Racing: Sound so supreme on sand

A CUNNING plan considerably better than those devised by Baldrick in Blackadder came to successful fruition here yesterday as Supreme Sound, running for the first time on sand, strode to victory in the all-weather season's richest event, the pounds 50,000 Winter Derby. The winning trainer Peter Harris had taken the trouble of sending the five-year-old from his stables at Berkhamsted for a practice run on the unfamiliar surface earlier in the week and was not at all discouraged by what he saw.

"The horse goes on fast ground, which you don't usually get on grass at the start of the turf season", he said, "but this is a decent prize worth having a crack at. You never know how they'll react to all-weather tracks, but we gave him a gallop round on Tuesday and he was fine."

Gary Bardwell had Supreme Sound, normally a front runner, close to the pace throughout as the favourite Refuse To Lose cut out the running. The gap he had been waiting for came over two furlongs out and after that it was only a case of releasing the brakes. The outsiders Sick As A Parrot and Tallulah Belle filled the minor placings with White Plains best of Karl Burke's five-pronged attack in fourth. Refuse To Lose faded to seventh.

Supreme Sound, owned by Harris's wife Caryl and bred at their Pendley Farm, made marked progress last year to notch five victories and though he may not reach the heights of last year's winner Running Stag - who was subsequently Grade One-placed in the States and is a candidate for the Dubai World Cup today week - Harris feels there may be a minor Group race in him later in the year.

Simon Whitworth, on Steamroller Stanly, was banned for three days for careless riding in the race, having interfered with Yakareem rounding the top turn.

With the opening of the turf season only four days away, riding plans for Saturday's Lincoln Handicap are beginning to fall into place. Kieren Fallon, on duty for Europe in an international jockeys' challenge at Santa Anita, California, today, has been booked by Gary Moore for the 20-1 shot Chewit, Pat Eddery rides Night Of Glass for Les Eyre and Gary Carter, twice runner-up, is on Raheen. The favourite for the season's first big betting event is Captain Scott, who skipped the Winter Derby in favour of richer pickings at Doncaster.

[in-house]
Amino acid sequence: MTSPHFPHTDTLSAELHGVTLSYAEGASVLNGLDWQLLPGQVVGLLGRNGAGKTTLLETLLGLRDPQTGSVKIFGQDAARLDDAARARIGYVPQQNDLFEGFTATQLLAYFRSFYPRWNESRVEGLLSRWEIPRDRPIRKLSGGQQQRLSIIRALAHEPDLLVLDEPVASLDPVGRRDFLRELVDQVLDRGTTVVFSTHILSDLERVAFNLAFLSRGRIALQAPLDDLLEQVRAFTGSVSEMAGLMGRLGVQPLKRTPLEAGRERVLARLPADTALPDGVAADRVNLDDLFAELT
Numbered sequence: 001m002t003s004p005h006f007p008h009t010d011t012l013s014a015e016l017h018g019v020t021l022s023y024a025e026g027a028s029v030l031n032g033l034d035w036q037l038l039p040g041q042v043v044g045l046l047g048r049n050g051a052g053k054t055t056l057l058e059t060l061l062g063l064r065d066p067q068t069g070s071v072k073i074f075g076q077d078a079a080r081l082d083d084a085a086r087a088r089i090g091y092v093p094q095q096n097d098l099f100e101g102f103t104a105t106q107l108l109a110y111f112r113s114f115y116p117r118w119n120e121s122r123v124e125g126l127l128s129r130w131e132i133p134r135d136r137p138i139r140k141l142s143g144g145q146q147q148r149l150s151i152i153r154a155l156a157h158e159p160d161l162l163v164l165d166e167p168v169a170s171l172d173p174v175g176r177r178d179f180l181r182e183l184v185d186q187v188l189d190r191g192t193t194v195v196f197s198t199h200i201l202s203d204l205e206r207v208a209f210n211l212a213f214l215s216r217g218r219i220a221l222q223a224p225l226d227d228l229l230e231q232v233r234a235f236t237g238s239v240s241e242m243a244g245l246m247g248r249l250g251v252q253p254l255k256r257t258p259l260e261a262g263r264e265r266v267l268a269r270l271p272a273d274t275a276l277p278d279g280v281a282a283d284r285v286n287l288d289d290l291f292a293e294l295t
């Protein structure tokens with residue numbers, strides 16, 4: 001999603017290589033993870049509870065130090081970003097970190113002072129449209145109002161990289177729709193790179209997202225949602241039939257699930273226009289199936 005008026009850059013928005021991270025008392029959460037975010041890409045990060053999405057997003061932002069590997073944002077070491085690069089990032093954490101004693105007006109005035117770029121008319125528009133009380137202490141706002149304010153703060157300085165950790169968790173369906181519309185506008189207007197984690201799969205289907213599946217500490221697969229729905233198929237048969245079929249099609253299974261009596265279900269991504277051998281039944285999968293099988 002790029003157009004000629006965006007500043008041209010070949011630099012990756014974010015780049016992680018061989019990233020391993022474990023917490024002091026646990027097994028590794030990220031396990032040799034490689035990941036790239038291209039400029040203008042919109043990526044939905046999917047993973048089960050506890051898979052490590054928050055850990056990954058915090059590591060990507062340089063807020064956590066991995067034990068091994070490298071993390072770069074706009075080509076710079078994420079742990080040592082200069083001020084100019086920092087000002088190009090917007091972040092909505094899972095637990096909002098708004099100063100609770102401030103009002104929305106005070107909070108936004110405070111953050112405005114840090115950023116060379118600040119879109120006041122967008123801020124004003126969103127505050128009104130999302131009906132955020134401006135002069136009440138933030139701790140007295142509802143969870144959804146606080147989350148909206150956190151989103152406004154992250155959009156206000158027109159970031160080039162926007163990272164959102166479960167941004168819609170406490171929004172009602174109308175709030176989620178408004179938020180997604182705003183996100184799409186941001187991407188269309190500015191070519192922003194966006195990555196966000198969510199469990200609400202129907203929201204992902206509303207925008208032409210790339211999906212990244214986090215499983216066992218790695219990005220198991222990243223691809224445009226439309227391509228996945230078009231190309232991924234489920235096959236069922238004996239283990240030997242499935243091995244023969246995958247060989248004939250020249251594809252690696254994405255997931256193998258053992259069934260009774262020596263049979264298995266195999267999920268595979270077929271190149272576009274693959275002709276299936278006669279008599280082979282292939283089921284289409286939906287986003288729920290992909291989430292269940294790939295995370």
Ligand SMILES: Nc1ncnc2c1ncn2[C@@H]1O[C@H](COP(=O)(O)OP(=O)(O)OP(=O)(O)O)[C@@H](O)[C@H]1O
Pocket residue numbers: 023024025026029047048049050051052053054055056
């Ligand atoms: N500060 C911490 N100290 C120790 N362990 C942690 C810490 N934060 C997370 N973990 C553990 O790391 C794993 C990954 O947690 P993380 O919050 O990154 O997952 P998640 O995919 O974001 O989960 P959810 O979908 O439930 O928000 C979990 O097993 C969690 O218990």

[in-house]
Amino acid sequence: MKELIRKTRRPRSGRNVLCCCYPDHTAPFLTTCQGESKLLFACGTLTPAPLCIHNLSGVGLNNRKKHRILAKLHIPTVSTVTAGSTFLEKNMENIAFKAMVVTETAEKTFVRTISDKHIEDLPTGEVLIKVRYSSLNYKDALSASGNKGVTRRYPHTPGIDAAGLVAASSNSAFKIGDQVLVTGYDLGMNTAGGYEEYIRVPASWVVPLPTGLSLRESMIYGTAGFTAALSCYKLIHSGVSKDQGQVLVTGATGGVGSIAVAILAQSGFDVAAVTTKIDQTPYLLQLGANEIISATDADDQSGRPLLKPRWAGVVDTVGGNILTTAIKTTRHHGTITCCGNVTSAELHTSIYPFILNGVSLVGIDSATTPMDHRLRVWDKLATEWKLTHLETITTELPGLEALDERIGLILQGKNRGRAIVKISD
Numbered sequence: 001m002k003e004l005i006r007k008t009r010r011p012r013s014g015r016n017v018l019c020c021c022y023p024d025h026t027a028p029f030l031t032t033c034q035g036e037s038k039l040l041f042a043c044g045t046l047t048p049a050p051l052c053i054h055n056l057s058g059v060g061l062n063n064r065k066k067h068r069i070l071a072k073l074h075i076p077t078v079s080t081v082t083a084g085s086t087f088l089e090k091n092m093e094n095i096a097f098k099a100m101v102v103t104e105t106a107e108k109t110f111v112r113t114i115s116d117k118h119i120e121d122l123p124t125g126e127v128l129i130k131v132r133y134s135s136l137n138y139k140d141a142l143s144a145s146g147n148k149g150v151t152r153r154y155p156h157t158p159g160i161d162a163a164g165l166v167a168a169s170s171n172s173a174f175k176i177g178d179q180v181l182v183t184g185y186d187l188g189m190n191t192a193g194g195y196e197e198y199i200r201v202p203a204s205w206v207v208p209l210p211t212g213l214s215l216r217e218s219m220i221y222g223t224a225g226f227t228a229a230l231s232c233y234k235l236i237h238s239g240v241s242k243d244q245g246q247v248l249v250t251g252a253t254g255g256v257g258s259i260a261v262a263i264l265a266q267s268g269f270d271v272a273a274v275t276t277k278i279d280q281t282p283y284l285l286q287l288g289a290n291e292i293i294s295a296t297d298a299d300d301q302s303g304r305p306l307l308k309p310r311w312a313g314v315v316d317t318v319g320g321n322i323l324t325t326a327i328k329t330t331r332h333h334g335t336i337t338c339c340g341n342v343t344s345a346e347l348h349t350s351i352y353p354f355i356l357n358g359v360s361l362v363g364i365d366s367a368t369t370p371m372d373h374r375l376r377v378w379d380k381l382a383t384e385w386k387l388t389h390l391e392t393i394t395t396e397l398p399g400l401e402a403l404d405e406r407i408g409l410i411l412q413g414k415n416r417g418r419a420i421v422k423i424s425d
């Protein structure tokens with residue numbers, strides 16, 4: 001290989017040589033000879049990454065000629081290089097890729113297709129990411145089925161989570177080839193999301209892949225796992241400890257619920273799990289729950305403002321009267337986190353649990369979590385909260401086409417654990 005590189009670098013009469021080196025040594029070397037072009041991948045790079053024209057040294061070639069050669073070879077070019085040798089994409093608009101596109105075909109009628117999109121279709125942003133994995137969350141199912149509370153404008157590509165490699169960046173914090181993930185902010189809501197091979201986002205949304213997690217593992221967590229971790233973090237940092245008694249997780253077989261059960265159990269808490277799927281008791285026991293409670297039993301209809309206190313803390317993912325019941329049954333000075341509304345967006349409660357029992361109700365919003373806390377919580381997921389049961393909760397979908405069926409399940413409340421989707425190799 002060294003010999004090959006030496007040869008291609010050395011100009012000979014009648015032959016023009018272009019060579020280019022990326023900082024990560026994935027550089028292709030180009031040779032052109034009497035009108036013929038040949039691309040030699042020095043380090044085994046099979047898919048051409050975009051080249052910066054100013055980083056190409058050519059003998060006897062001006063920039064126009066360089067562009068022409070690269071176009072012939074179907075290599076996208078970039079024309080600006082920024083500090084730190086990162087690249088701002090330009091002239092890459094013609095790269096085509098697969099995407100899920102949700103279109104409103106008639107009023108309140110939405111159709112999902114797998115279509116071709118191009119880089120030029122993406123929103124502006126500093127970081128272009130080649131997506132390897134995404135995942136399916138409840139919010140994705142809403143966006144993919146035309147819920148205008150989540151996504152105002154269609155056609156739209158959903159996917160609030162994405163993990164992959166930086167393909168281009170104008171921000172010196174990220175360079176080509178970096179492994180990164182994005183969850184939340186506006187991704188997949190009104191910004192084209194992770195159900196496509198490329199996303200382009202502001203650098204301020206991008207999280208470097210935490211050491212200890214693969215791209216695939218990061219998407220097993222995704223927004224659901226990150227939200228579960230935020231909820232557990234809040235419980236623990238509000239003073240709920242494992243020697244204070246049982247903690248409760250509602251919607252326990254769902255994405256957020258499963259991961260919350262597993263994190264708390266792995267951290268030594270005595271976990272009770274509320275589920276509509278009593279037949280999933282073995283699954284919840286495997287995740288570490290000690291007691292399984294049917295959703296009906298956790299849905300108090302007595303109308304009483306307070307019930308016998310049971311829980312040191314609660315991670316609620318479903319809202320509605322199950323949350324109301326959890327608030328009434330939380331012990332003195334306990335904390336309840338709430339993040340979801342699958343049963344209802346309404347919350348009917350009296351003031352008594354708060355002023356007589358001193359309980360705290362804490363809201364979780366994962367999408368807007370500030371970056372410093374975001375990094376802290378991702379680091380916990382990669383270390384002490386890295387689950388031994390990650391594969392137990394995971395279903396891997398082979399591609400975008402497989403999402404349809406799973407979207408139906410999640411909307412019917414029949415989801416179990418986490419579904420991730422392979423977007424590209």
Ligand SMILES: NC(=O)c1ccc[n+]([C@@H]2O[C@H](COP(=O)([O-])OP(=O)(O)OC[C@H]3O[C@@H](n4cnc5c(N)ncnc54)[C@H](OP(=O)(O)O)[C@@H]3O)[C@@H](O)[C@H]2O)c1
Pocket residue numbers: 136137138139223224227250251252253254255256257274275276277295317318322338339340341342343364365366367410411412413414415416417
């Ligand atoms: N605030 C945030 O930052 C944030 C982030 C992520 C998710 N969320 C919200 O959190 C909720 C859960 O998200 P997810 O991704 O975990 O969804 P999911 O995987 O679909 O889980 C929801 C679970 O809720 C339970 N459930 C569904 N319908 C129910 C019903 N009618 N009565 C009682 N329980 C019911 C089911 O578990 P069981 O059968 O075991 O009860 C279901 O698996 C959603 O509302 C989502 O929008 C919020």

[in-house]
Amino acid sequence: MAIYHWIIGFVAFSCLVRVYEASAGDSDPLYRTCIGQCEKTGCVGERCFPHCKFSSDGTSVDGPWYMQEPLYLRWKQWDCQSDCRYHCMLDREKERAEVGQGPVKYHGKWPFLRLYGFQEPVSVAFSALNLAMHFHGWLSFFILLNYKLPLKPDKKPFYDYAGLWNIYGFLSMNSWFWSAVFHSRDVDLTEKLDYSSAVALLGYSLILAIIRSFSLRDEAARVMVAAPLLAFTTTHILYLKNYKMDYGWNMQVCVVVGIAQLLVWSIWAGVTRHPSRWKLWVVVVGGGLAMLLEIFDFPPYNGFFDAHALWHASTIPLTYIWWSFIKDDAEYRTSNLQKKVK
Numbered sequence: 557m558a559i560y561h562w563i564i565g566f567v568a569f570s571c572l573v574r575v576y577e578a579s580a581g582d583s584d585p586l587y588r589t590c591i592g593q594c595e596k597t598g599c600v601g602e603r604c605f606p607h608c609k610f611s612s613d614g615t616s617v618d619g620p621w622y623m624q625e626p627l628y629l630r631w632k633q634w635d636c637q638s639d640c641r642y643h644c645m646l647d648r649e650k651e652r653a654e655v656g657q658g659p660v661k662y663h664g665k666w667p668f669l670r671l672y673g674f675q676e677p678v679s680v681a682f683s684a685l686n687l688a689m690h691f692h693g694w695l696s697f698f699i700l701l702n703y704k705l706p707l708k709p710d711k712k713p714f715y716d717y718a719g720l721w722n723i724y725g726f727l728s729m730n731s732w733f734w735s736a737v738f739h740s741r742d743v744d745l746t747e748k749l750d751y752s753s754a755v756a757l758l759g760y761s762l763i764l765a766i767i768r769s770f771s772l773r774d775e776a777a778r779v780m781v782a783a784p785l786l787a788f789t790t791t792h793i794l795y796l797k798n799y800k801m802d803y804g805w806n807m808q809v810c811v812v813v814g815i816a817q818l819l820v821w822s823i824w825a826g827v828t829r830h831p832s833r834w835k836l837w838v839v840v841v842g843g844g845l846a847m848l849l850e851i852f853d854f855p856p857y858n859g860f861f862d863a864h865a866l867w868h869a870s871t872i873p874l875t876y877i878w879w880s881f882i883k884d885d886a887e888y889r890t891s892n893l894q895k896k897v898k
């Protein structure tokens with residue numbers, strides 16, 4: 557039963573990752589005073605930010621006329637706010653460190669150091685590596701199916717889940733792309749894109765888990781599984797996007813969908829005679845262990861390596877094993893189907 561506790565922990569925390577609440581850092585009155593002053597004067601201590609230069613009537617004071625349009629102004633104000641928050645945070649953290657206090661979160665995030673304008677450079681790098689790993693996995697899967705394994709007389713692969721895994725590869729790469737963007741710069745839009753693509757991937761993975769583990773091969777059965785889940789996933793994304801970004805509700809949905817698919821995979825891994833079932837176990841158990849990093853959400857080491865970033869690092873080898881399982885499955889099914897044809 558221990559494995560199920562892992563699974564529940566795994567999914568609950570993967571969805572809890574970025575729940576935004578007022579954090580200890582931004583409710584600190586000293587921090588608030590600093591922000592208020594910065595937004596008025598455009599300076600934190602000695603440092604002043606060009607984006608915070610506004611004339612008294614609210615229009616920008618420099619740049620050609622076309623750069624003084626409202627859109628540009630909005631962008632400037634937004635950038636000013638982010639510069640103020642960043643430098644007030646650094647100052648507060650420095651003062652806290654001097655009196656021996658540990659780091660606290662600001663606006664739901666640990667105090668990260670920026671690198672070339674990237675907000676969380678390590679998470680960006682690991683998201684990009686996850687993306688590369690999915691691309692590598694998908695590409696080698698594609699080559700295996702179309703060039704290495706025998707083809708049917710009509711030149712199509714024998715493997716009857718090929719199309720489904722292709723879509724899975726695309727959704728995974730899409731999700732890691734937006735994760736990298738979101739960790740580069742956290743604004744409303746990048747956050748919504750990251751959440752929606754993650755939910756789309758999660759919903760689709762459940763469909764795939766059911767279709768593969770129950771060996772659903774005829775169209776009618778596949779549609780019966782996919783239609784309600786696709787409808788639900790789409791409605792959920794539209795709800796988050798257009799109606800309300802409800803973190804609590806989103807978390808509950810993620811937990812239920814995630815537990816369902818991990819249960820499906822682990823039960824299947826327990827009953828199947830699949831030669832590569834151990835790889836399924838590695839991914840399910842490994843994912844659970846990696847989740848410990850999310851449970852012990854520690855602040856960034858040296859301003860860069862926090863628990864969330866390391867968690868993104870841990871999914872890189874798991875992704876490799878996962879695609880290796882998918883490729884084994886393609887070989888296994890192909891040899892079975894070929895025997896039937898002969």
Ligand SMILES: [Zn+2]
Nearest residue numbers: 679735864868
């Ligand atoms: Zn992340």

The Cheltenham Gold Cup winner See More Business will not run again this season. The plan to tackle the Martell Cup at Aintree has now been shelved and Paul Nicholls' gallant charge will now rest on his laurels until December, when he will begin the defence of his crown in the Rehearsal Chase at Chepstow. "He had a hard race at Cheltenham," said the trainer, "so we will let him start his summer holiday early."

The focus was also on one of next season's big jumping prizes yesterday at Uttoxeter, where Young Kenny continued his progress through the ranks of likely Aintree types in the Midlands Grand National. Brendan Powell sent the Peter Beaumont-trained eight-year-old clear of Cavalero five fences from home in the four and a quarter-mile marathon and although the favourite's repeated right-handed jumping in the straight allowed the Irish raider Hollybank Buck to draw upsides at the last, he strode away on the run-in to take the contest by eight lengths from the Grand National entry Call It A Day, who stayed on past Hollybank Buck.

Powell, who had ridden Young Kenny to victory in the Greenalls National Trial at Haydock three weeks previously, was delighted with the bay. "The track was too sharp and the ground too fast for him," he said, "but as soon as anything came to him he pricked his ears and picked up for me. He is a lovely horse."

Given soft ground, Young Kenny's next target will be the Scottish National. Beaumont said: "The real thing next year is the long-term plan."

One of his rivals at Ayr may be the horse in the winners' enclosure 40 minutes before him yesterday, Smarty. The six-year-old, trained by Jenny Pitman, put in an exhibition round of jumping under Norman Williamson to take the Tote Novices' Handicap Chase.